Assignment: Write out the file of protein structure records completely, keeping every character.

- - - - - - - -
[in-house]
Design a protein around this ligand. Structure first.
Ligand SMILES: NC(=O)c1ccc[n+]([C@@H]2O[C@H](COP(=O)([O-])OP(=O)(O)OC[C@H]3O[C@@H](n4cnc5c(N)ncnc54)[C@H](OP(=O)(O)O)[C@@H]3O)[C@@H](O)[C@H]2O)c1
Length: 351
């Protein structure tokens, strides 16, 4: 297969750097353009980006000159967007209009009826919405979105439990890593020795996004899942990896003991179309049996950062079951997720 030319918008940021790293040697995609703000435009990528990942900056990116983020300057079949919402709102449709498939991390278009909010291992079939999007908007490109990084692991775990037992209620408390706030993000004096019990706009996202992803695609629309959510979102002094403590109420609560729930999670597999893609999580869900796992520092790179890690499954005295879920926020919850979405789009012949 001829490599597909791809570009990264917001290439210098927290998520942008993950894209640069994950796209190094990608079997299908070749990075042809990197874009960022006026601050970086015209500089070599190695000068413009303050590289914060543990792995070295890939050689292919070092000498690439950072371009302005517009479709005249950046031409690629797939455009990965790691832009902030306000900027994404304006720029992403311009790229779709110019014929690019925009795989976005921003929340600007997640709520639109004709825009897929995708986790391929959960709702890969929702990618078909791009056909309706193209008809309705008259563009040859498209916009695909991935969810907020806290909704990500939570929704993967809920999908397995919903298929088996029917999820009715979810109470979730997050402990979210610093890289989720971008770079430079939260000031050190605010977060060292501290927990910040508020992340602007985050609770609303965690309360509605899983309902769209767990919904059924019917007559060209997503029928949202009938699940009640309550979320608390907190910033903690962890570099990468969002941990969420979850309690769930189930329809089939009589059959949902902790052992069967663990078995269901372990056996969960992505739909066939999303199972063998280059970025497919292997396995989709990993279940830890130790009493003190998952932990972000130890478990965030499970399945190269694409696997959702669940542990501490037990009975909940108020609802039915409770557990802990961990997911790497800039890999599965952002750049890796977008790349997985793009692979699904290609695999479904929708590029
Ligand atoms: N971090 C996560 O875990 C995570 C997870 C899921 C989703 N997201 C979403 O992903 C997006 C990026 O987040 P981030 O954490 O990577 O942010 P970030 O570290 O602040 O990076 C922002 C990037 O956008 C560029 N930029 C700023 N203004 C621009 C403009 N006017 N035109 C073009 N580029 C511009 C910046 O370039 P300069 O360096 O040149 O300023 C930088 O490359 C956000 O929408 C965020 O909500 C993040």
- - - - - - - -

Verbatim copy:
[in-house]
Design a protein around this ligand. Structure first.
Ligand SMILES: NC(=O)c1ccc[n+]([C@@H]2O[C@H](COP(=O)([O-])OP(=O)(O)OC[C@H]3O[C@@H](n4cnc5c(N)ncnc54)[C@H](OP(=O)(O)O)[C@@H]3O)[C@@H](O)[C@H]2O)c1
Length: 351
């Protein structure tokens, strides 16, 4: 297969750097353009980006000159967007209009009826919405979105439990890593020795996004899942990896003991179309049996950062079951997720 030319918008940021790293040697995609703000435009990528990942900056990116983020300057079949919402709102449709498939991390278009909010291992079939999007908007490109990084692991775990037992209620408390706030993000004096019990706009996202992803695609629309959510979102002094403590109420609560729930999670597999893609999580869900796992520092790179890690499954005295879920926020919850979405789009012949 001829490599597909791809570009990264917001290439210098927290998520942008993950894209640069994950796209190094990608079997299908070749990075042809990197874009960022006026601050970086015209500089070599190695000068413009303050590289914060543990792995070295890939050689292919070092000498690439950072371009302005517009479709005249950046031409690629797939455009990965790691832009902030306000900027994404304006720029992403311009790229779709110019014929690019925009795989976005921003929340600007997640709520639109004709825009897929995708986790391929959960709702890969929702990618078909791009056909309706193209008809309705008259563009040859498209916009695909991935969810907020806290909704990500939570929704993967809920999908397995919903298929088996029917999820009715979810109470979730997050402990979210610093890289989720971008770079430079939260000031050190605010977060060292501290927990910040508020992340602007985050609770609303965690309360509605899983309902769209767990919904059924019917007559060209997503029928949202009938699940009640309550979320608390907190910033903690962890570099990468969002941990969420979850309690769930189930329809089939009589059959949902902790052992069967663990078995269901372990056996969960992505739909066939999303199972063998280059970025497919292997396995989709990993279940830890130790009493003190998952932990972000130890478990965030499970399945190269694409696997959702669940542990501490037990009975909940108020609802039915409770557990802990961990997911790497800039890999599965952002750049890796977008790349997985793009692979699904290609695999479904929708590029
Ligand atoms: N971090 C996560 O875990 C995570 C997870 C899921 C989703 N997201 C979403 O992903 C997006 C990026 O987040 P981030 O954490 O990577 O942010 P970030 O570290 O602040 O990076 C922002 C990037 O956008 C560029 N930029 C700023 N203004 C621009 C403009 N006017 N035109 C073009 N580029 C511009 C910046 O370039 P300069 O360096 O040149 O300023 C930088 O490359 C956000 O929408 C965020 O909500 C993040």